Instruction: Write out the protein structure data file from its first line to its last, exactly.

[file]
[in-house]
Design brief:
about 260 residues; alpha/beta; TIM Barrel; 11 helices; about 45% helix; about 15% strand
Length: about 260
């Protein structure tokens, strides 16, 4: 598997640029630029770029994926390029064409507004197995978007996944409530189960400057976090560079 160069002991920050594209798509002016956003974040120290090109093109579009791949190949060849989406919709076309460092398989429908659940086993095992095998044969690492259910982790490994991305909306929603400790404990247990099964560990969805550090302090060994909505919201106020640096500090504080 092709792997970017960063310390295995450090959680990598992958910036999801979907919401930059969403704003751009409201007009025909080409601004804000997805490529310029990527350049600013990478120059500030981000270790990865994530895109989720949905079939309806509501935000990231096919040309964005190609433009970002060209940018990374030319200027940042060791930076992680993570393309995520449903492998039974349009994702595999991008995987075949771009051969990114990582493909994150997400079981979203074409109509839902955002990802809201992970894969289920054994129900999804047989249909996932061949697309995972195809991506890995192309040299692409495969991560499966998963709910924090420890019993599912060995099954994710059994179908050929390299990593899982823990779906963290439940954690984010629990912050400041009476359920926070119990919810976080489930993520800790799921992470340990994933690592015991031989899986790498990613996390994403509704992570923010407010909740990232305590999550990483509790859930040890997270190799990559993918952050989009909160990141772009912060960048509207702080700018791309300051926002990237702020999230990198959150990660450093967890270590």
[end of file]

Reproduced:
[in-house]
Design brief:
about 260 residues; alpha/beta; TIM Barrel; 11 helices; about 45% helix; about 15% strand
Length: about 260
């Protein structure tokens, strides 16, 4: 598997640029630029770029994926390029064409507004197995978007996944409530189960400057976090560079 160069002991920050594209798509002016956003974040120290090109093109579009791949190949060849989406919709076309460092398989429908659940086993095992095998044969690492259910982790490994991305909306929603400790404990247990099964560990969805550090302090060994909505919201106020640096500090504080 092709792997970017960063310390295995450090959680990598992958910036999801979907919401930059969403704003751009409201007009025909080409601004804000997805490529310029990527350049600013990478120059500030981000270790990865994530895109989720949905079939309806509501935000990231096919040309964005190609433009970002060209940018990374030319200027940042060791930076992680993570393309995520449903492998039974349009994702595999991008995987075949771009051969990114990582493909994150997400079981979203074409109509839902955002990802809201992970894969289920054994129900999804047989249909996932061949697309995972195809991506890995192309040299692409495969991560499966998963709910924090420890019993599912060995099954994710059994179908050929390299990593899982823990779906963290439940954690984010629990912050400041009476359920926070119990919810976080489930993520800790799921992470340990994933690592015991031989899986790498990613996390994403509704992570923010407010909740990232305590999550990483509790859930040890997270190799990559993918952050989009909160990141772009912060960048509207702080700018791309300051926002990237702020999230990198959150990660450093967890270590």